Just as British MPs line their pockets with taxpayer cash, just as Hollywood epics re-write history with happy endings, so Google was always going to want to compete with the Wolfram Alpha computational engine head on. And so it is that we get a sneak look at Google Squared in the Google Labs, and answers engine rather than a straight search one.

So what is it, how does it work and perhaps most importantly is it any good?

What it is, in the words of Google itself, would be an "experimental search tool that collects facts from the web and presents them in an organized collection, similar to a spreadsheet." More similar to a grid, or funnily enough given the name, a square. Instead of returning web pages it returns facts. Searching for US presidents provides grid containing at a glance information including dates of birth, full names and additional data. Each square on the grid is interactive, clicking opens up the web page which was the source of the information contained. Ah yes, that brings us nicely to the how: whereas Wolfram Alpha provides answers from its own database of information, Google Squared gets its data from searching the web and scouring the pages there for the relevant stuff which then has to be analysed, sorted, filtered, condensed and displayed within the grid. If you want additional information, you can add another square (or column if you want to stick to the spreadsheet analogy) and it will endeavour to go get more for you and fill that square in.

The problem being, especially if you thought that Wolfram Alpha made you work hard trying to get the answers that you wanted, is that it is a rather hit and miss affair. Don't bother ego surfing, it won't know who you are. Actually, it won't know much about anything unless you choose one of the 'suggested searches' that I suspect have been well researched up front. Google has an answer of course, that the "technology is by no means perfect" and that is why it has been designed to be "conversational."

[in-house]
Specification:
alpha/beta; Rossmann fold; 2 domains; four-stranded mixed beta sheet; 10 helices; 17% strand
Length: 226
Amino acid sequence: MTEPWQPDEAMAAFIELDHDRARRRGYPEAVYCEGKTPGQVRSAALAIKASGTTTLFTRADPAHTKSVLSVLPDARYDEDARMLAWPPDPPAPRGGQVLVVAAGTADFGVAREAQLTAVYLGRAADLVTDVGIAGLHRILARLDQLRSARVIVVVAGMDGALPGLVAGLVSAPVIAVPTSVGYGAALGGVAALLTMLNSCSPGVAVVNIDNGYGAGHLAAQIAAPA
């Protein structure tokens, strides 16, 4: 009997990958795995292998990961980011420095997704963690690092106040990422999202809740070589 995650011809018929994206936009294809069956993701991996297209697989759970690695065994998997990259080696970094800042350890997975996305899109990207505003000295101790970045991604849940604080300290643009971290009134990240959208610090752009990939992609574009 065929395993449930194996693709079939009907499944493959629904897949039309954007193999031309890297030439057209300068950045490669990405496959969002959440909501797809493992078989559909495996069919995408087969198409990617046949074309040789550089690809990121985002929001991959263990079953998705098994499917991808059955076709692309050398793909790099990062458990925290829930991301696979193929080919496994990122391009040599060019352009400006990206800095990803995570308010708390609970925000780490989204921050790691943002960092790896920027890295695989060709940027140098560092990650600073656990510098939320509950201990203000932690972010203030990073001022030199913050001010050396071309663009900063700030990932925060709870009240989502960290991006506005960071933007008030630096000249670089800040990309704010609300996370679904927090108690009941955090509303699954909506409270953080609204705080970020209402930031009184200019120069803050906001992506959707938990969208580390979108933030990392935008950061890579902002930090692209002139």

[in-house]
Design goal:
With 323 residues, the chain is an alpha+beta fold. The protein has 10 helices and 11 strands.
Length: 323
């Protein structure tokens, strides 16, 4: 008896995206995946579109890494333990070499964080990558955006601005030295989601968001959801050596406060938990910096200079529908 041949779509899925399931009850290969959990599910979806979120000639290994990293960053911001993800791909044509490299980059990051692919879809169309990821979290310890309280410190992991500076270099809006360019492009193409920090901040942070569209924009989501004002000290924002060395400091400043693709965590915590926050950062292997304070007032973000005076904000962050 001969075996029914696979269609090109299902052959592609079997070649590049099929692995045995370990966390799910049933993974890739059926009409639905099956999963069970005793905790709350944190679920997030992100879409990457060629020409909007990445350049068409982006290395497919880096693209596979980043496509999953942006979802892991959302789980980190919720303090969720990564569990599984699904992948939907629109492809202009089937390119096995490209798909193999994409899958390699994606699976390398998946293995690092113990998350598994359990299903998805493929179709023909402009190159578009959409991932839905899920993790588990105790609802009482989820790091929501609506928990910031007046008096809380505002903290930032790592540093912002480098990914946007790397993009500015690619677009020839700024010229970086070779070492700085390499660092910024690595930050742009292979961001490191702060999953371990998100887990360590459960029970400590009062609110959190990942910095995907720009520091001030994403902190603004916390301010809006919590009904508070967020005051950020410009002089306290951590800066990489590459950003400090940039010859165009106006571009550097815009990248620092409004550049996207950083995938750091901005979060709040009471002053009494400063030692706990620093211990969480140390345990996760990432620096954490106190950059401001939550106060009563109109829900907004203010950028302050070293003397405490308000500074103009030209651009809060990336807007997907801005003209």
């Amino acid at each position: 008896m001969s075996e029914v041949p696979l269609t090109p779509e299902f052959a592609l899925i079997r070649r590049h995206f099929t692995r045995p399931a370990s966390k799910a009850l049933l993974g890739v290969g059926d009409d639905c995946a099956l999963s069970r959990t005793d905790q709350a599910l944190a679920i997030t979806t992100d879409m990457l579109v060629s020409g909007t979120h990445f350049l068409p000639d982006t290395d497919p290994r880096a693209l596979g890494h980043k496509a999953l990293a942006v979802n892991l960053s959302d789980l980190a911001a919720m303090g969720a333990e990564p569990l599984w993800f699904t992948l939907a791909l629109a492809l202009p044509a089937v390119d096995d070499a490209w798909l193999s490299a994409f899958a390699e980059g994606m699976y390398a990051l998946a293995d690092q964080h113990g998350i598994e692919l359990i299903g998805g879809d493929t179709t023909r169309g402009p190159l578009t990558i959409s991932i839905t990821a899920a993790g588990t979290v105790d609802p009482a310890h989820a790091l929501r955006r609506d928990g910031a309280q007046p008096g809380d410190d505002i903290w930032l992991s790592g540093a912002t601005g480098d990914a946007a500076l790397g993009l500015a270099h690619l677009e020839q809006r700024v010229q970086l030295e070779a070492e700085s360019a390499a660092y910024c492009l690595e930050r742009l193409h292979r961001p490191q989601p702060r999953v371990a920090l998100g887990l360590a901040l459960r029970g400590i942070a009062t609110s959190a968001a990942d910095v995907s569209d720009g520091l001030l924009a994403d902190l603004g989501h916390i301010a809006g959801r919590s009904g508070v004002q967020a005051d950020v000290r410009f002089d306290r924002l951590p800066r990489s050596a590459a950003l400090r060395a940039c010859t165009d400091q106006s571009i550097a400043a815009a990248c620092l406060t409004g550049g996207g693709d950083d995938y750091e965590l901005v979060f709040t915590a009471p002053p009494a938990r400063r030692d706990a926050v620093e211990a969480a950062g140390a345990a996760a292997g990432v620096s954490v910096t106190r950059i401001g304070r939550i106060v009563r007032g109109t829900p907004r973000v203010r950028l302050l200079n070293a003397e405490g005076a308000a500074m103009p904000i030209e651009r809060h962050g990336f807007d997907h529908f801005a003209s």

What? A conversational search engine? If I wanted conversation I'd ask my wife what she knew about the sexiest actresses on the planet or which beer is the best. Google reckons that Squared enables the user to "respond to the initial result and get a better answer." Great, here's a thought Google: how about you give me an answers engine that provides the answer to the question I ask instead of acting dumb and asking what I really meant.

Aha, Google says, but while "gathering facts from across the Internet is relatively easy (albeit tedious) for humans to do, it's far more difficult for computers to do automatically."

It would also appear, from both Wolfram Alpha and Google Squared, that building an answers engine that actually works is really rather difficult. By which I mean building an answers engine that works in a way that the general public, you know the people using it, can understand and returns answers to the questions they ask rather than questions the search provider wants them to ask.